Project description:Global climate change is expected to affect temperature and precipitation patterns worldwide, which in turn is likely to affect insect phenology, distribution and diversity. To improve our understanding of such processes, it is important to understand how insects may respond to changes in seasonality, and how these affect their activity, patterns of distribution and species richness. The tropical dry forest (TDF) is a highly seasonal ecosystem, for which two seasons are commonly described (rainy and dry) and there is a lack of information on the combined effect of both precipitation and temperature on the insect communities. In order to evaluate the seasonal patterns in the community of Cerambycidae in a TDF, historical climatic variables were obtained, and an annual sampling of the family was carried out, using three collection techniques. We found that the Cerambycidae family showed a more complex response to climate, than simply the rainy and dry season of the year. The relationship between diversity and composition of cerambycids with changes in temperature and precipitation showed four seasonal communities which were synchronized with phenological processes of the TDF. Climate change could reduce biodiversity, causing seasonal patterns to lose complexity, either because the climatic characteristics of a season disappear and/or because the duration of a season expands, these changes will modify the ecological processes of the TDF, since they would generate changes in the flora and fauna associated with the different seasons.
Project description:Human-mediated changes in landscapes can facilitate niche expansion and accelerate the adaptation of insect species. The interaction between the evolutionary history of the sugarcane borer, Diatraea saccharalis Fabricius, and historical and modern agricultural activity in Brazil shaped its spatial genetic structure, facilitating ecological divergence and incipient host shifting. Based on microsatellite data, STRUCTURE analyses identified two (K = 2) and three (K = 3) significant genetic clusters that corresponded to: (a) a strong signal of spatial genetic structure and, (b) a cryptic signal of host differentiation. We inferred that K = 2 reflects the footprint of agricultural activity, such as expansion of crop production (sugarcane and maize), unintentional dispersion of pests, and management practices. In contrast, K = 3 indicated incipient host differentiation between larvae collected from sugarcane or maize. Our estimates of population size changes indicated that a historical bottleneck was associated with a reduction of sugarcane production ≈200 years ago. However, a more recent population expansion was detected (>1950s), associated with agricultural expansion of large crop production into previously unfarmed land. Partial Mantel tests supported our hypothesis of incipient host adaptation, and identified isolation-by-environment (e.g., host plant) in São Paulo and Minas Gerais states, where sugarcane has been traditionally produced in Brazil. The impact of agricultural production on D. saccharalis may continue, as the current population structure may hinder the efficacy of refuge plants in delaying insect resistance evolution to Bt toxin.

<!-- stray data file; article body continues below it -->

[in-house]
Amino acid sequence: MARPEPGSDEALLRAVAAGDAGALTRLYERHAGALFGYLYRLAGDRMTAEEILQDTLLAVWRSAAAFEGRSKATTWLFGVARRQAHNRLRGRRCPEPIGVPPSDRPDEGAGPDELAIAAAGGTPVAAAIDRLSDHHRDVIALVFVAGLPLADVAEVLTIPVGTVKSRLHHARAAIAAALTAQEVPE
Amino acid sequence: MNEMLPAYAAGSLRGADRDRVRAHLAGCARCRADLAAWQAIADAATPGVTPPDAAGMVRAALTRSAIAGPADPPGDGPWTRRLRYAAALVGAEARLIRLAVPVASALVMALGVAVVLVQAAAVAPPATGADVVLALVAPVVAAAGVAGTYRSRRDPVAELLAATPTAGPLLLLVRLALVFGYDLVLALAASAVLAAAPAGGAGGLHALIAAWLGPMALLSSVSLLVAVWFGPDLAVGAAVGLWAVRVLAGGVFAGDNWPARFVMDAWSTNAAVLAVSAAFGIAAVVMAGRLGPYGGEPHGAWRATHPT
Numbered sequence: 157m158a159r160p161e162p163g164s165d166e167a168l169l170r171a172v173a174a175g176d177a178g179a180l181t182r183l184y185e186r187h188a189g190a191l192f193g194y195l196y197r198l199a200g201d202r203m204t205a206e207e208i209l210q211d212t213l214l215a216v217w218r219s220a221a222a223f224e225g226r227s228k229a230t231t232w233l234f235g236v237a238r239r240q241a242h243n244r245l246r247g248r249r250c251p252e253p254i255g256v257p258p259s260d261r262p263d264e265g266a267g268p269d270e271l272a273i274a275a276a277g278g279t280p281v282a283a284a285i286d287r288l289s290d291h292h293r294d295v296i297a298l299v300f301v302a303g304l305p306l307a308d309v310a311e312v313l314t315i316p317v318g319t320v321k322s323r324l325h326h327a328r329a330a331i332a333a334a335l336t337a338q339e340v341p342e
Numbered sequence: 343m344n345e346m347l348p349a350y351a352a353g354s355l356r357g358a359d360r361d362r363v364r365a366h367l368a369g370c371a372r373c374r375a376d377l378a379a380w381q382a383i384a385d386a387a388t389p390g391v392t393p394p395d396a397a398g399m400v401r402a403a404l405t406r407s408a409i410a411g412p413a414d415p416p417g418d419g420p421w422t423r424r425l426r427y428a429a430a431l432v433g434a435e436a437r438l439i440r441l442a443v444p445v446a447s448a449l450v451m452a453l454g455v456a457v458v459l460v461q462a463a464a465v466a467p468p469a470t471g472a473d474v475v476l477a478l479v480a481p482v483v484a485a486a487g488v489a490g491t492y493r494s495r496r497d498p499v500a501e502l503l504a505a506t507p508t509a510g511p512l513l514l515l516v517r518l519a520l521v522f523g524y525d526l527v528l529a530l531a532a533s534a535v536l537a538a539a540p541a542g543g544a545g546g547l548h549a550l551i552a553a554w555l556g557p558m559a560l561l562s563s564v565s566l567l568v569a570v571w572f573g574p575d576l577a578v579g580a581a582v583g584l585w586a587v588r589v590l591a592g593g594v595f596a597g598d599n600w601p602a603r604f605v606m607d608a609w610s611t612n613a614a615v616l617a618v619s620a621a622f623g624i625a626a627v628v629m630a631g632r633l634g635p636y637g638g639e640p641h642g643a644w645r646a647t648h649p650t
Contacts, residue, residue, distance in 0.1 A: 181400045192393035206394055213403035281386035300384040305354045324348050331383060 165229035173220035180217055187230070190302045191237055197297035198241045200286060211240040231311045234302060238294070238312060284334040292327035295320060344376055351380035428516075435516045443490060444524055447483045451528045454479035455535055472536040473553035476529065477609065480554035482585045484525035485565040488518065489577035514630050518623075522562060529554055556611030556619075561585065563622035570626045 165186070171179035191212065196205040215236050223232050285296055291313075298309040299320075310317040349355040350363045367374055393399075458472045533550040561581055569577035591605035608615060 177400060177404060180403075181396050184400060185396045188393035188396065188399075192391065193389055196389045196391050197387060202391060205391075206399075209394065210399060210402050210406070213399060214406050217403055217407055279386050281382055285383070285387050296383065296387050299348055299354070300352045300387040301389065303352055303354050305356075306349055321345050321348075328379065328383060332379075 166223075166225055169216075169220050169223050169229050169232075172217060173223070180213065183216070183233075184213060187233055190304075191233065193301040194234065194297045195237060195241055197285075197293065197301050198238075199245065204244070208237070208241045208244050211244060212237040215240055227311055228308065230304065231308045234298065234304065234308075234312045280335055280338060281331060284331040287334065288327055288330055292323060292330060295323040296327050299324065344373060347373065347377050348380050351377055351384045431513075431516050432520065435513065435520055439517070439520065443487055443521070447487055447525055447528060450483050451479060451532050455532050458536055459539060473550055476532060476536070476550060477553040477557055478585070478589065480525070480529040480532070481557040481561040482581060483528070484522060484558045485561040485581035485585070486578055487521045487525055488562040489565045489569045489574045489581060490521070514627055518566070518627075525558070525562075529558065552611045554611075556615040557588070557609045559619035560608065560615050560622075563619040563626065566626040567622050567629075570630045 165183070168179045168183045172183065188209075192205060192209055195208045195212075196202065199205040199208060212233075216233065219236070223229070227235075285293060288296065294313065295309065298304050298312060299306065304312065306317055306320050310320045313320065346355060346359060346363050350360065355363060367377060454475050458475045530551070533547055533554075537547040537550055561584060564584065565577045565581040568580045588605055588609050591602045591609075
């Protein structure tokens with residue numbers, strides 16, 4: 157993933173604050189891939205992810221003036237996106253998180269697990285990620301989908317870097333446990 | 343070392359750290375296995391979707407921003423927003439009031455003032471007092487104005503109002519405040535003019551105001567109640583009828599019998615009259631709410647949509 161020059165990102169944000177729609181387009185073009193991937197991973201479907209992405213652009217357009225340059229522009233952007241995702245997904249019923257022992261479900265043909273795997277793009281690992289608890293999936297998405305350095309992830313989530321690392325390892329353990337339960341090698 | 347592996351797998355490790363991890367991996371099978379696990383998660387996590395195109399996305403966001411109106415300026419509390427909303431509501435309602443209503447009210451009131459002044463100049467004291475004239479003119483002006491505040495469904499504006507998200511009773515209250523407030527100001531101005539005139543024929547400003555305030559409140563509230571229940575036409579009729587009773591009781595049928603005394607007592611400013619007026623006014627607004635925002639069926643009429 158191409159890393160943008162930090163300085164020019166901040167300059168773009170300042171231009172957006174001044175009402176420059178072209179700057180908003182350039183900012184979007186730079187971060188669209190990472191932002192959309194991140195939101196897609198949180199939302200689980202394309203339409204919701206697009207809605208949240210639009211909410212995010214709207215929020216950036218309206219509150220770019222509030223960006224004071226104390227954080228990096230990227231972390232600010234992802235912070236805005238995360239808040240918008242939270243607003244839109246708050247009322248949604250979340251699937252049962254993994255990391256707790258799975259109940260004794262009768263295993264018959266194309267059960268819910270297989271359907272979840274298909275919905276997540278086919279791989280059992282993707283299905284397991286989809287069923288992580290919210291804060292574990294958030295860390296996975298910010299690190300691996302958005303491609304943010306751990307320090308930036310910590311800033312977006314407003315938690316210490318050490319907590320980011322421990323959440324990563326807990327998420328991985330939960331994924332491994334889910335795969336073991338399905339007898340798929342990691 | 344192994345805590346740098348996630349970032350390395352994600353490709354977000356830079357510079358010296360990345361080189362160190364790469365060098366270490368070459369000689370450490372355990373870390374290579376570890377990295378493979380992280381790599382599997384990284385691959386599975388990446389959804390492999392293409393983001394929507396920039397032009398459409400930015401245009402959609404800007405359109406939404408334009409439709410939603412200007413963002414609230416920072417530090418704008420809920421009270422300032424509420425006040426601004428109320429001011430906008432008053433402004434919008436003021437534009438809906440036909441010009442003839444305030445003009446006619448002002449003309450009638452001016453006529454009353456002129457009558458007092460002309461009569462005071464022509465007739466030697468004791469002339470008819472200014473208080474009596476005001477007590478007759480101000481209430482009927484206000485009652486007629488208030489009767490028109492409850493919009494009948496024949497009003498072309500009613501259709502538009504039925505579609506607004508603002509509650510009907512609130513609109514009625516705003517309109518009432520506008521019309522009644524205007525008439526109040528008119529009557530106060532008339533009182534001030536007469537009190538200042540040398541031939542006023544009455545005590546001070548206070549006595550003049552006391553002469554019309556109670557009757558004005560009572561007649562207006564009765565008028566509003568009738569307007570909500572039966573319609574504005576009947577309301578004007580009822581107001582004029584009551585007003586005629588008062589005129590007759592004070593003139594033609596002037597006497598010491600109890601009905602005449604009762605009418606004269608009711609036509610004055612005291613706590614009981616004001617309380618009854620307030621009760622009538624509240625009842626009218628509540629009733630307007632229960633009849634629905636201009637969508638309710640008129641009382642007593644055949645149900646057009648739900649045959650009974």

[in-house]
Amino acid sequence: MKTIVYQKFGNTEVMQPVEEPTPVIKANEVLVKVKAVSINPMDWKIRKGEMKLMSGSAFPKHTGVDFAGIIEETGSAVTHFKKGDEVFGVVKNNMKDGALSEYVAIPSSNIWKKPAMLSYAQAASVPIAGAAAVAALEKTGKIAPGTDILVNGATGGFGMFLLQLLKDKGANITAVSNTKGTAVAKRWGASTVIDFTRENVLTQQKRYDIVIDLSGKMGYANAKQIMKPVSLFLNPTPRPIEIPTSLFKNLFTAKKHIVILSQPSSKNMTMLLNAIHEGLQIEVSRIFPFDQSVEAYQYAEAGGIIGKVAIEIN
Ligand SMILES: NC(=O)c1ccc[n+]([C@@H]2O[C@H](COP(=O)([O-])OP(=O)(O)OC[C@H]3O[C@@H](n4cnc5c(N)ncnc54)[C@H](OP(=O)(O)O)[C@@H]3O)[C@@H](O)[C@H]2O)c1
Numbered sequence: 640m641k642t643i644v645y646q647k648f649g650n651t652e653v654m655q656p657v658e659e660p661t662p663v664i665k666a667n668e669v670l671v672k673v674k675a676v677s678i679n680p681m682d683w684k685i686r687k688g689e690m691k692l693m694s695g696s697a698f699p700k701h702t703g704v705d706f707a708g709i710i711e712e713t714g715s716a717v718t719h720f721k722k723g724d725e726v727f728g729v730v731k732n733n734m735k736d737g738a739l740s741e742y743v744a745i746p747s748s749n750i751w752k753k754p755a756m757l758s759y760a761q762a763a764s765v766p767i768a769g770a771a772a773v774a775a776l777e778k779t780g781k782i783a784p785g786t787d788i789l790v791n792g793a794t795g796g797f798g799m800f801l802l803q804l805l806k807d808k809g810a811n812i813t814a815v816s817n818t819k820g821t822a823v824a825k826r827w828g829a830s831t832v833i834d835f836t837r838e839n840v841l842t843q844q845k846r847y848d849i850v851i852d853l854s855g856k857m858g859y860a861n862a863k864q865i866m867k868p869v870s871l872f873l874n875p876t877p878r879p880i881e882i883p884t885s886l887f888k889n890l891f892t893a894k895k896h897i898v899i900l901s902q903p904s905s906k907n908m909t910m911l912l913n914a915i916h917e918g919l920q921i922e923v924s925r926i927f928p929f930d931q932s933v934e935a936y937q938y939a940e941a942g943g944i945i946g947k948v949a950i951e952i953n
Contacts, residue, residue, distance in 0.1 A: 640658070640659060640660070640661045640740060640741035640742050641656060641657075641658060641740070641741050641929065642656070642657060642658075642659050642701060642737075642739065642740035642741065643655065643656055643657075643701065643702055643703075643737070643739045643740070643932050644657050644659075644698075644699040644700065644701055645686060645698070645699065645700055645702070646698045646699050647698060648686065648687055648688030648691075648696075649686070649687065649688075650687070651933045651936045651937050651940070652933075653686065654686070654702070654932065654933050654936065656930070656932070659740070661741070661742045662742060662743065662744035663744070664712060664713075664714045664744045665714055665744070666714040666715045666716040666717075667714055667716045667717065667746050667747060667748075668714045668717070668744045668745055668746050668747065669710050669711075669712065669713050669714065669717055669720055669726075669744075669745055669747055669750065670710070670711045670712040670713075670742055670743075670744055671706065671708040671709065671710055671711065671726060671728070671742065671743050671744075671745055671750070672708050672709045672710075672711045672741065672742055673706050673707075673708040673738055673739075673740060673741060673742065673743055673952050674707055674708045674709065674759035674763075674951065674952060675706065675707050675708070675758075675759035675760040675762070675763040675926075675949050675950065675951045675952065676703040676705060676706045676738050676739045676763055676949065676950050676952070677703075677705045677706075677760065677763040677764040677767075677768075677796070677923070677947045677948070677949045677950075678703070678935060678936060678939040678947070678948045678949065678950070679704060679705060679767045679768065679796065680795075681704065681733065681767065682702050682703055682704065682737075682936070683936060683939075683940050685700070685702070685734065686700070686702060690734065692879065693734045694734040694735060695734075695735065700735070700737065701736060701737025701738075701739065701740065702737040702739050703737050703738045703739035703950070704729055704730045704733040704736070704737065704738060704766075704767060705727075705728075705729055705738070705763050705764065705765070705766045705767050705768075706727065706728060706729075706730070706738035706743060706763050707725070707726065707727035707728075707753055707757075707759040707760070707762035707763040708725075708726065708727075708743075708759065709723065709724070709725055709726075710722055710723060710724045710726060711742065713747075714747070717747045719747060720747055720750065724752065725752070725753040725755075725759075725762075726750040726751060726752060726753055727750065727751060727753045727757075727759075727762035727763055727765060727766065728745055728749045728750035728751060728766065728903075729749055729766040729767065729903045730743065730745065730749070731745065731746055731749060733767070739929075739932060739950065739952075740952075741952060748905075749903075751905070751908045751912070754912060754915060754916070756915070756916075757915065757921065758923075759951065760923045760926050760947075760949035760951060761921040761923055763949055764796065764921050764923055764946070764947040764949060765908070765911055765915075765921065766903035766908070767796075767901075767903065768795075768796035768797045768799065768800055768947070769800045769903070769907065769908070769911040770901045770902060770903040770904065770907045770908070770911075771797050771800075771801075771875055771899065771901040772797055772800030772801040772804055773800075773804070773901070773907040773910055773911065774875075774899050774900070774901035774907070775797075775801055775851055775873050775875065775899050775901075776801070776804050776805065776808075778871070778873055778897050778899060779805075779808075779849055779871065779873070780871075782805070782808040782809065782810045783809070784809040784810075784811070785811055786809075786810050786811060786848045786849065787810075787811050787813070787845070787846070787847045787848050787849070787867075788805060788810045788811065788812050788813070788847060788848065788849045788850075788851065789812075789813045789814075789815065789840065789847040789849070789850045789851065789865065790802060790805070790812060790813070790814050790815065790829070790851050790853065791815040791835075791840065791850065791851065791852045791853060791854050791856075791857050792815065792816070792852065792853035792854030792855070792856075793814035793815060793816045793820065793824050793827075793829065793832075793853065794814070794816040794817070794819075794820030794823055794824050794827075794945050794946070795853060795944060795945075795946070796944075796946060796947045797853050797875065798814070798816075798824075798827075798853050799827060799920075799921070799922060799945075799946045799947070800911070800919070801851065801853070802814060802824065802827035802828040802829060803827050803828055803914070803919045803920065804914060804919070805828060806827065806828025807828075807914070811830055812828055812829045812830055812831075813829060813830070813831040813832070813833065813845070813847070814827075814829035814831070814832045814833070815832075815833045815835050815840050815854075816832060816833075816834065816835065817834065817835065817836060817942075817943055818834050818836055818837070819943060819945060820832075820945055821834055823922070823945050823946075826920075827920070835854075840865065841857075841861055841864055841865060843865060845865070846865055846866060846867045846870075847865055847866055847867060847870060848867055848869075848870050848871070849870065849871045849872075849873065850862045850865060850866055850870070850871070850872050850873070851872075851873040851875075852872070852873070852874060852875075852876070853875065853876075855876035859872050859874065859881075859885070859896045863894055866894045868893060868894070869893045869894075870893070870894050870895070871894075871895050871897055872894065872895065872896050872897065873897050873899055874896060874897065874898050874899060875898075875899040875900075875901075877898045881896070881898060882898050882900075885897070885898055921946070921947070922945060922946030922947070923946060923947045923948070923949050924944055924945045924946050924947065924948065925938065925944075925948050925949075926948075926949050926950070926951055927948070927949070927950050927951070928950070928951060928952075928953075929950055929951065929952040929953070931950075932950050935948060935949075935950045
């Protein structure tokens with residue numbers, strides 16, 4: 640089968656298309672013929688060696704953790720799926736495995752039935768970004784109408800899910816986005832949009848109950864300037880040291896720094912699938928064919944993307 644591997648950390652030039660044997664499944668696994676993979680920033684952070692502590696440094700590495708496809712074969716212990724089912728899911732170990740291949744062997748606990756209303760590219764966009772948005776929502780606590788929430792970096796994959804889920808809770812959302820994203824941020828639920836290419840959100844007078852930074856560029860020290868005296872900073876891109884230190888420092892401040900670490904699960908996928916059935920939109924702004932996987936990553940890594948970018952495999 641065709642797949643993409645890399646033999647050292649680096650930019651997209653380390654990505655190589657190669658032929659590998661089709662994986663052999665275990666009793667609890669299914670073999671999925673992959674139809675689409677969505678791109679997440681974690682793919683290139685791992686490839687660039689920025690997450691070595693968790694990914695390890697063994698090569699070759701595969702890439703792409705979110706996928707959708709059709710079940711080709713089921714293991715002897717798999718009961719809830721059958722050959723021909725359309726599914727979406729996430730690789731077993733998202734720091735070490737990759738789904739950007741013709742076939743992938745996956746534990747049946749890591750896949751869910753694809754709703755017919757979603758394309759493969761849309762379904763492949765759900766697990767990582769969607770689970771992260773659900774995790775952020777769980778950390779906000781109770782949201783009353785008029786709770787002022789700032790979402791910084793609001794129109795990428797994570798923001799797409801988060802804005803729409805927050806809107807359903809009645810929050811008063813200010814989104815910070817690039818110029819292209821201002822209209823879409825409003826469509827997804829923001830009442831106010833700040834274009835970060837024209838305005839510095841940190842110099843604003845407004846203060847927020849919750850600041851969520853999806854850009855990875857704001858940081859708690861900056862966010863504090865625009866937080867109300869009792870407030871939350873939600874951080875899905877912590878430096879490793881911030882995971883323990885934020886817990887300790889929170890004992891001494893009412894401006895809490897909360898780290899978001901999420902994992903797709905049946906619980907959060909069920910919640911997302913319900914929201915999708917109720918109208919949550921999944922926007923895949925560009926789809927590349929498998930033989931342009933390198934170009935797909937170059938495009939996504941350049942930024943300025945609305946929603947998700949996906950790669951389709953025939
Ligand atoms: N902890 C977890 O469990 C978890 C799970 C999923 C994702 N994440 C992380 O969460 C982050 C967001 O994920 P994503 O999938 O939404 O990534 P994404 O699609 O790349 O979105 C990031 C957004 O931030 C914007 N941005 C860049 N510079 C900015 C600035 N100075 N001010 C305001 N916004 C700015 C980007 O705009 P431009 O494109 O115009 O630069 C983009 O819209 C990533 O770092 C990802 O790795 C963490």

Project description:The sugarcane borer or corn stalk borer, Diatraea Guilding is polyphagous insect pest of many important crops such as corn, sorghum and sugarcane. Losses arising from the attack of Diatraea species have been a serious problem, which may cause loss in sugarcane production around 0.25% in sugar, 0.20% in alcohol and 0.77% of body weight for every 1% infestation and up to 21% in corn production fields. In Brazil, the most commonly reported species are Diatraea saccharalis (Fabricius, 1794) and Diatraea impersonatella (Walker, 1863) (= D. flavipennella). However, multiple other species of Diatraea have been identified in Brazil according to the literature. Currently, little information exists on the presence of the other species causing injury to sugarcane and corn. The objectives of this study were to improve the accuracy of species assignment, evaluate the population genetic structure, and address many of the outstanding questions of systematics and evolution of Brazilian populations of D. saccharalis. To address these main questions, classical taxonomic methods were used, focused on morphological characterization of the reproductive organs, especially the male genitalia. In addition, genetic studies were performed using simple sequence repeats (SSR) and a fragment of cytochrome C oxidase subunit I (COI) gene. The data and findings from this research will contribute to the understanding of evolutionary aspects of insect pests in order to develop more effective and sustainable population management practices.